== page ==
Leiden Hortus Botanicus two years ago, Berlin Botanical Garden last year and now, Madrid. Botanical gardens are not quite what we sometimes imagine, they are not gardens in the sense of personal choice of plants and settings, and the botanical part was always absolutely fused with the growth of trade, empire, and often with the manipulation of indigenous agriculture in order to better support the economy of the colonial power. Wandering around historic botanical gardens in the 21st century, which I love to do wherever I go, it’s easy to forget the reasons why such places were made, often back in the eighteenth century.
Scrambling to stay within commercial reach of the Dutch, the French and the English was a big pre-occupation for eighteenth century Spain. The Italians had founded Pisa and Padua Botanical Gardens in the mid sixteenth century, followed by the French crown investing in le Jardin du Roi in 1626, the predecessor for the present-day Jardin des Plantes.
The Spanish crown funded numerous botanical expeditions to the Americas in particular, searching for marketable crops as well as scientific knowledge. This was the heyday of the eighteeenth century enlightenment when the acquisition of scientific knowledge, including the natural sciences, was a driving economic and philosophical force in European society. The Real Jardin Botanico was initially founded in 1755 in Madrid, and moved to the current location in 1774. Britain joined the race with the establishment of what would become Kew Gardens in London in 1772.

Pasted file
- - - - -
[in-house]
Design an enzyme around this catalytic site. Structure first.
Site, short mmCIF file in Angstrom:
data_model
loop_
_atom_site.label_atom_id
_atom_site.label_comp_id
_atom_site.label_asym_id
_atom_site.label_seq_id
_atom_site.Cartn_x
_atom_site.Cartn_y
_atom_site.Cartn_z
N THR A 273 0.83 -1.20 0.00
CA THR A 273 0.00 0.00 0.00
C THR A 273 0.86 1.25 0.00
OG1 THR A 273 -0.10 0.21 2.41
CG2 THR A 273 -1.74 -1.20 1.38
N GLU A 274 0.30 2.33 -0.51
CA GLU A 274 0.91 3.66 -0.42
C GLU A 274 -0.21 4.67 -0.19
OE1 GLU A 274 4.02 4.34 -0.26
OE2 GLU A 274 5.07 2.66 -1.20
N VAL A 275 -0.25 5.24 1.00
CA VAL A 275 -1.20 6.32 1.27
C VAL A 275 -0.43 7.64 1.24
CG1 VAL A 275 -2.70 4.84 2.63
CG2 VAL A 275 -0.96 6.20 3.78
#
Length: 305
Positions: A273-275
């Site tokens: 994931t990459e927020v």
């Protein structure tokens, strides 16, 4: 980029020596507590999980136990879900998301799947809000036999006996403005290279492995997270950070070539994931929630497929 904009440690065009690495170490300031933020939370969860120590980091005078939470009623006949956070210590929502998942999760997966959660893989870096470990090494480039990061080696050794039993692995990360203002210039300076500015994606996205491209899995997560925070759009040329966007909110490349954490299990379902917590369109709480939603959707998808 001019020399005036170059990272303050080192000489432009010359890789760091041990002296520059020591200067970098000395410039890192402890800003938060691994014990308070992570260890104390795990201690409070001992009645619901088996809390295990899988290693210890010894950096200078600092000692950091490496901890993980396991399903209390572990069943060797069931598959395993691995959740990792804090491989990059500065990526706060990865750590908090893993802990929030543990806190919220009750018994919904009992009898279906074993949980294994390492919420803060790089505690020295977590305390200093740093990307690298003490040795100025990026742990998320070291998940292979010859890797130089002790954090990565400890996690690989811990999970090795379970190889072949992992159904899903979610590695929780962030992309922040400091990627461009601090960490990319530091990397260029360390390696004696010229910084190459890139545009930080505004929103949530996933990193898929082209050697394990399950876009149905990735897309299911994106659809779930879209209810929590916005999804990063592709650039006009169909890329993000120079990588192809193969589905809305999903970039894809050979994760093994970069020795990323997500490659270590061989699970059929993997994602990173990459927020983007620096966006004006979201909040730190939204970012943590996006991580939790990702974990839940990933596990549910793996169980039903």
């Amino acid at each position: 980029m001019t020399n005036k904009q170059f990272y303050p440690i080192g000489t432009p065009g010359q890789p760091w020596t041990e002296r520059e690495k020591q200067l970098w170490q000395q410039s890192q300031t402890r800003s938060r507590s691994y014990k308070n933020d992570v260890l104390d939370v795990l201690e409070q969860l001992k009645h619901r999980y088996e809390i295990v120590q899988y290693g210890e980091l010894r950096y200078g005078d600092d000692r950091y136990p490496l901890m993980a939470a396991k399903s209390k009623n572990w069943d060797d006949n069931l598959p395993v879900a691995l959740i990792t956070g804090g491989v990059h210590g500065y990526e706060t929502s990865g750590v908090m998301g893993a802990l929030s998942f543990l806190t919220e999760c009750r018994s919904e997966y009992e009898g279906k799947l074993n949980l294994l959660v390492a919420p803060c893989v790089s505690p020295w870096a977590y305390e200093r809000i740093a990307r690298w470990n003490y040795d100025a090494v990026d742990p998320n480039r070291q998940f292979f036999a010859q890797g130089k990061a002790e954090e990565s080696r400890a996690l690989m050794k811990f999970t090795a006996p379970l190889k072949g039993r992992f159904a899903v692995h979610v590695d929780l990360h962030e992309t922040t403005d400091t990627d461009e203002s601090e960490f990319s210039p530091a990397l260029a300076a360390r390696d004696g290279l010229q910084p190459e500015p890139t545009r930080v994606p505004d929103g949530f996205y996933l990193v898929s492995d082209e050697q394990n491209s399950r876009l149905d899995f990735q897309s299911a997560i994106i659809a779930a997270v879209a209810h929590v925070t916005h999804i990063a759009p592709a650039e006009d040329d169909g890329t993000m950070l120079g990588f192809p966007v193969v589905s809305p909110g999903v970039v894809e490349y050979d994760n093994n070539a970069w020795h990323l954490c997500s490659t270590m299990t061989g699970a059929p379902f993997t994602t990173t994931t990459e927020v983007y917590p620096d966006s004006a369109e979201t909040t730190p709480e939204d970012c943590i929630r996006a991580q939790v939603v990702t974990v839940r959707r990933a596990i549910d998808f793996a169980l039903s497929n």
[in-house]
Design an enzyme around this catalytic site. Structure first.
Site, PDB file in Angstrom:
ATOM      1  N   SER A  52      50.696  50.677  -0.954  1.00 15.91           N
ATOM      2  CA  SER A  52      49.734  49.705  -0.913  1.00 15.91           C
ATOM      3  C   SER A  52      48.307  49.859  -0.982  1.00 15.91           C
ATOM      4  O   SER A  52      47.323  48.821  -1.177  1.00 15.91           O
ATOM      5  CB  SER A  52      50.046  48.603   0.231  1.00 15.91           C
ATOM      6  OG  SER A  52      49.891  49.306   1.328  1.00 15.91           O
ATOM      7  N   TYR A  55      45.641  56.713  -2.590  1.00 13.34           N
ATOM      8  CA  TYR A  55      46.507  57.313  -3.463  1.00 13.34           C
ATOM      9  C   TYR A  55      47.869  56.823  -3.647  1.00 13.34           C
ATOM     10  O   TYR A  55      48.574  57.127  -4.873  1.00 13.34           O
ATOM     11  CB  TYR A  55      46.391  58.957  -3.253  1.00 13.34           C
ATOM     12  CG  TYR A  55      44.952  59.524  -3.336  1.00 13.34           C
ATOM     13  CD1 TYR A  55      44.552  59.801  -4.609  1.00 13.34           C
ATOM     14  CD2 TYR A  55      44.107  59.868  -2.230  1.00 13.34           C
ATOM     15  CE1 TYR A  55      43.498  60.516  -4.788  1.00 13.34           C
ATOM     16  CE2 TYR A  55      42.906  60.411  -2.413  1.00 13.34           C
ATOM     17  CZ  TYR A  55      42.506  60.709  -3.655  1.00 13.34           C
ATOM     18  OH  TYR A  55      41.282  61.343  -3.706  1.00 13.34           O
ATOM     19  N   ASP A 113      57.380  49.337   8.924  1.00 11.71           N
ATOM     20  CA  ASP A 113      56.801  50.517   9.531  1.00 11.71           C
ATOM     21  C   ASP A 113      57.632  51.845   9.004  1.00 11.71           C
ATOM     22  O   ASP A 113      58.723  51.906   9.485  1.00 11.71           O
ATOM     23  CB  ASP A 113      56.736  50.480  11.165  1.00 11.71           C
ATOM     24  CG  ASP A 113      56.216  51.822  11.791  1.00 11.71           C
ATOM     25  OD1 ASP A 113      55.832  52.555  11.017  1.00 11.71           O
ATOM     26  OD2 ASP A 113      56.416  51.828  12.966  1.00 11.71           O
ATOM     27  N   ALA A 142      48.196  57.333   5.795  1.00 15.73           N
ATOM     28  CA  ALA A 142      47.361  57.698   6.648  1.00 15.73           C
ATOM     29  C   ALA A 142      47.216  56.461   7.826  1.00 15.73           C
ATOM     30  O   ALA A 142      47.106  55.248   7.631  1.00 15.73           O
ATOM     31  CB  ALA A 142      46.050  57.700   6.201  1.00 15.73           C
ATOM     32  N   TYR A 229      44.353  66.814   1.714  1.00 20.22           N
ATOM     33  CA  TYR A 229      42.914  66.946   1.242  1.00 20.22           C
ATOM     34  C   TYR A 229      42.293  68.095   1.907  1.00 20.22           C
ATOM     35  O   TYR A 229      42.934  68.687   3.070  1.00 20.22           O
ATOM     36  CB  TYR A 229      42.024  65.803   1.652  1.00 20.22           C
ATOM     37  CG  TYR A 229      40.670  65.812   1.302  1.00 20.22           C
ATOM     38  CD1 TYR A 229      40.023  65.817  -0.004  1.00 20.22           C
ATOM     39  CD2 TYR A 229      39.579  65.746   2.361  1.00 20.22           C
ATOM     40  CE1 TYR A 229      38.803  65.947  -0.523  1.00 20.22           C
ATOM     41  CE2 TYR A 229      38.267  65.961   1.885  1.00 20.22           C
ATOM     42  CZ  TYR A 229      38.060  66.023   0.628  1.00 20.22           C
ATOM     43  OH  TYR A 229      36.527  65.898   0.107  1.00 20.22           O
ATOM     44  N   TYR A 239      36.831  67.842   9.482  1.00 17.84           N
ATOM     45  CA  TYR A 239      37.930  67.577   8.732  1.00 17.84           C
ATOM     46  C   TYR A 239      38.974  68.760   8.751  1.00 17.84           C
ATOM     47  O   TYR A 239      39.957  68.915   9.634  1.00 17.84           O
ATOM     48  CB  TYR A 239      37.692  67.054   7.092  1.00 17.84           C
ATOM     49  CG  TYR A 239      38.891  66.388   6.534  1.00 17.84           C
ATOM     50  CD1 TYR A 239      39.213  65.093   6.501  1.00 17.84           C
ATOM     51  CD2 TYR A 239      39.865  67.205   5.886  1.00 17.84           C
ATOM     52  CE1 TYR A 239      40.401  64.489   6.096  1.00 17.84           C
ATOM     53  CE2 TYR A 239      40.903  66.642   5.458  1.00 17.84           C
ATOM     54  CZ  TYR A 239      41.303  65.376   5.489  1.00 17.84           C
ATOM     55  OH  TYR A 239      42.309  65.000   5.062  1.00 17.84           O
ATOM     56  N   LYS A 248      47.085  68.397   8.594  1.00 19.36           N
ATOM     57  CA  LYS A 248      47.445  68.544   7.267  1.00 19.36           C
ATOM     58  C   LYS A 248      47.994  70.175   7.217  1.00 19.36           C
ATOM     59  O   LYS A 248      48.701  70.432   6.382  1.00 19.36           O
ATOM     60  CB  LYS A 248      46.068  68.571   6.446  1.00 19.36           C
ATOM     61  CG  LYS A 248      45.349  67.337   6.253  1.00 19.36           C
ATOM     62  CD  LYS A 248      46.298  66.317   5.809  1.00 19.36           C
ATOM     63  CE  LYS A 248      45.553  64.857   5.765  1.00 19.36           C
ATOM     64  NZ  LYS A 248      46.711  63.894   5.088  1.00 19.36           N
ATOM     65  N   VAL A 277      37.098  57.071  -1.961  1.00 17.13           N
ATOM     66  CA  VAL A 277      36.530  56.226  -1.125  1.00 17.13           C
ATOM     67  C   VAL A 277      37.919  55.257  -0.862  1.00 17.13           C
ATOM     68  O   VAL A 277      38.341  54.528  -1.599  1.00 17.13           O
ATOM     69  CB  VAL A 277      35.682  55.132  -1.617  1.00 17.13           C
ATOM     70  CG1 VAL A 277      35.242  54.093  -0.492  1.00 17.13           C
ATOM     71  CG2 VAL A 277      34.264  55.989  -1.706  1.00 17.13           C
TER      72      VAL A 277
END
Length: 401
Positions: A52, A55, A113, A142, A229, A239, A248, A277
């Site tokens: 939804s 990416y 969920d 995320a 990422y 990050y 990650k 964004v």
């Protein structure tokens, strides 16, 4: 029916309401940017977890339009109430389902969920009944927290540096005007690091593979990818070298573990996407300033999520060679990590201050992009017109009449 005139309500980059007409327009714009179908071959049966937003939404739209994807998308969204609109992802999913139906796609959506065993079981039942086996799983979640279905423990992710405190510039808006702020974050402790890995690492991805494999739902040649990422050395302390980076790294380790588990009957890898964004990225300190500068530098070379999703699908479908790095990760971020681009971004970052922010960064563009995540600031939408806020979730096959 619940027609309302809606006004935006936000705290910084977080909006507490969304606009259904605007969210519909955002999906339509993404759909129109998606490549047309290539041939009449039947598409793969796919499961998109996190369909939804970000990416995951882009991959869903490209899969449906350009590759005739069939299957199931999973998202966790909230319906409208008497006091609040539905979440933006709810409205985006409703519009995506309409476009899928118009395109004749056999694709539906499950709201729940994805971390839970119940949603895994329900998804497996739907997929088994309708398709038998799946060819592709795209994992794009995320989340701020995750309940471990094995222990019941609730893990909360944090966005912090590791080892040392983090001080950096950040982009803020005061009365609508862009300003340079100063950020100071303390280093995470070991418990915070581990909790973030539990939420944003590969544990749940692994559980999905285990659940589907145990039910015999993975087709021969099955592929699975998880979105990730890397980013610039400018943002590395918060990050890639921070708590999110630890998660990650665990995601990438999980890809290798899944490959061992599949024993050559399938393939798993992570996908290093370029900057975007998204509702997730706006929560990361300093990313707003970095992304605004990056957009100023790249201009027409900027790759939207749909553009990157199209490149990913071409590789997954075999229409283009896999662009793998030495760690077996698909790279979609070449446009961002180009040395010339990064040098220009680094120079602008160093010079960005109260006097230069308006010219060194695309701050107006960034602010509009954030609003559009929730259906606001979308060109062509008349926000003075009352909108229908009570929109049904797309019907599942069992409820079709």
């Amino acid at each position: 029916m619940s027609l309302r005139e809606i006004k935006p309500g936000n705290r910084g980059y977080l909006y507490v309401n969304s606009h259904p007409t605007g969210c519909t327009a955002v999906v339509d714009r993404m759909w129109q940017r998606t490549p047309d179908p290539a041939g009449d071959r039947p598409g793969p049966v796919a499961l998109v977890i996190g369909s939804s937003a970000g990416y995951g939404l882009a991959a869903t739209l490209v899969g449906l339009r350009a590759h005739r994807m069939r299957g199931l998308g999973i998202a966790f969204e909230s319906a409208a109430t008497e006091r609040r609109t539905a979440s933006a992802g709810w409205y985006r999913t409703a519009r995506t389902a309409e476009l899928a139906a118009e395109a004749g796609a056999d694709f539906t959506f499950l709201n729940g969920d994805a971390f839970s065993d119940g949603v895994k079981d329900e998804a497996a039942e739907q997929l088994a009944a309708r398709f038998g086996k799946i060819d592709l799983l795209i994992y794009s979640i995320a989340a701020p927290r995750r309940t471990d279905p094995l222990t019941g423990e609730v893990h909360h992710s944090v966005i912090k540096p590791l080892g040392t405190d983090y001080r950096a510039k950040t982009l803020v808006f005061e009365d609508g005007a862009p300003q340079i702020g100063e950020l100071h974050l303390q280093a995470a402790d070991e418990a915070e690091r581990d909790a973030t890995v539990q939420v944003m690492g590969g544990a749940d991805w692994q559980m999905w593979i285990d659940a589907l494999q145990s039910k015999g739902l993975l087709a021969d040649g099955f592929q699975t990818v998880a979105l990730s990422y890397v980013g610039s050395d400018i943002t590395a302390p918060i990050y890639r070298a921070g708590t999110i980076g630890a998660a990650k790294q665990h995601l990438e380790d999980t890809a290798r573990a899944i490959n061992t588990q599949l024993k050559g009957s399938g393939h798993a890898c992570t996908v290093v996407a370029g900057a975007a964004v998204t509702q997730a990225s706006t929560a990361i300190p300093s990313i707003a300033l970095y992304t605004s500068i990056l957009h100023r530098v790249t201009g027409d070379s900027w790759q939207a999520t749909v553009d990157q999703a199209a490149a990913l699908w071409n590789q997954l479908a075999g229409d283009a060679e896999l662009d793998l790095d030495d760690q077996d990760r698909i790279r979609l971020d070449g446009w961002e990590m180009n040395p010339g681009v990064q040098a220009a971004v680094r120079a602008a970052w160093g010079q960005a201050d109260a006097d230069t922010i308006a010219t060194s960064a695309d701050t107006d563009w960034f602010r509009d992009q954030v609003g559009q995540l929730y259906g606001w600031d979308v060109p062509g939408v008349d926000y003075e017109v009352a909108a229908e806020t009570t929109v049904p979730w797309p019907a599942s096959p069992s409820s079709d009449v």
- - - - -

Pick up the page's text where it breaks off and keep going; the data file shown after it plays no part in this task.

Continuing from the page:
Nearly three hundred years later, botanical gardens are now regarded as extremely valuable scientifically in the exploration of how plants contribute to ecology, the identification of possible medical applications of plants, and for understanding what is happening with our climate and the way that nature is adapting to change.
For me nowadays, a botanical garden gives a wonderful setting, often in busy city centres, for escape into an organised natural world, which is tended and cared for so that we can appreciate plants in their natural settings. It is always interesting to come across plants and plant communities that are new or different- I love just wandering and spotting shapes, colours, leaves, flowers.
On a cold, bright February day, the garden was only slowly waking up.
This shell-pink Camellia was beautiful, though I admit to being a Camellia philistine and not a lover of pink!
The winter sun was really strong, imagine the summer!, and really brought out the colour and filigree leaf shapes of the Cycas palm.
I am going to have to find a way to grow Hamamelis.
The Graells Greenhouse, dating back to 1836 was named for Dr Graells who invented the ‘gloria’ technique, an unusual form of heating for this greenhouse for tender plants. Underground channels were filled with rotting manure, covered over with metal grilles, which produced the heat and humidity needed for the plants and released both into the greenhouse. Not sorry to have missed the manure!
This small tree, Anagyris foetida, was spectacularly laden with flowers.
Looking like Christmas decorations, the peppers glowed in the sunlight.
Would that my backstage looked as thoughtfully arranged as this. But no….